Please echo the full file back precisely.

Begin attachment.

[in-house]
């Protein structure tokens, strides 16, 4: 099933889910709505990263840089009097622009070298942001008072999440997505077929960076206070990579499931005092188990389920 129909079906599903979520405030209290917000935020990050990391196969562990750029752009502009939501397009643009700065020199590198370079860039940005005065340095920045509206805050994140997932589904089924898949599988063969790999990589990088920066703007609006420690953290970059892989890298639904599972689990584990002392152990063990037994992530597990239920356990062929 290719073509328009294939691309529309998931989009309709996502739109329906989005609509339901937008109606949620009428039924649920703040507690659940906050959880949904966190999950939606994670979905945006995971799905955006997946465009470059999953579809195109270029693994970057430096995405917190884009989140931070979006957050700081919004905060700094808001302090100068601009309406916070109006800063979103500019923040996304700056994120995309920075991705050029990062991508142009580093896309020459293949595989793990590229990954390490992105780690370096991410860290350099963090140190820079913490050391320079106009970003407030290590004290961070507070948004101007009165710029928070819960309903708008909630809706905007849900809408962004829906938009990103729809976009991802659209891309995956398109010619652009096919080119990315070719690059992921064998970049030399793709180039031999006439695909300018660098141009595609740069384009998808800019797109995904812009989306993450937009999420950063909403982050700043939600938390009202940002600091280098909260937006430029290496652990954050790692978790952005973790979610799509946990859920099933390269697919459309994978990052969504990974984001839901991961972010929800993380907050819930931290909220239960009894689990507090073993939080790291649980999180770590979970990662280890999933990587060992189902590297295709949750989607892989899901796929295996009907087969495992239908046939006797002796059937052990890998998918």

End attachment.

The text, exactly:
[in-house]
């Protein structure tokens, strides 16, 4: 099933889910709505990263840089009097622009070298942001008072999440997505077929960076206070990579499931005092188990389920 129909079906599903979520405030209290917000935020990050990391196969562990750029752009502009939501397009643009700065020199590198370079860039940005005065340095920045509206805050994140997932589904089924898949599988063969790999990589990088920066703007609006420690953290970059892989890298639904599972689990584990002392152990063990037994992530597990239920356990062929 290719073509328009294939691309529309998931989009309709996502739109329906989005609509339901937008109606949620009428039924649920703040507690659940906050959880949904966190999950939606994670979905945006995971799905955006997946465009470059999953579809195109270029693994970057430096995405917190884009989140931070979006957050700081919004905060700094808001302090100068601009309406916070109006800063979103500019923040996304700056994120995309920075991705050029990062991508142009580093896309020459293949595989793990590229990954390490992105780690370096991410860290350099963090140190820079913490050391320079106009970003407030290590004290961070507070948004101007009165710029928070819960309903708008909630809706905007849900809408962004829906938009990103729809976009991802659209891309995956398109010619652009096919080119990315070719690059992921064998970049030399793709180039031999006439695909300018660098141009595609740069384009998808800019797109995904812009989306993450937009999420950063909403982050700043939600938390009202940002600091280098909260937006430029290496652990954050790692978790952005973790979610799509946990859920099933390269697919459309994978990052969504990974984001839901991961972010929800993380907050819930931290909220239960009894689990507090073993939080790291649980999180770590979970990662280890999933990587060992189902590297295709949750989607892989899901796929295996009907087969495992239908046939006797002796059937052990890998998918």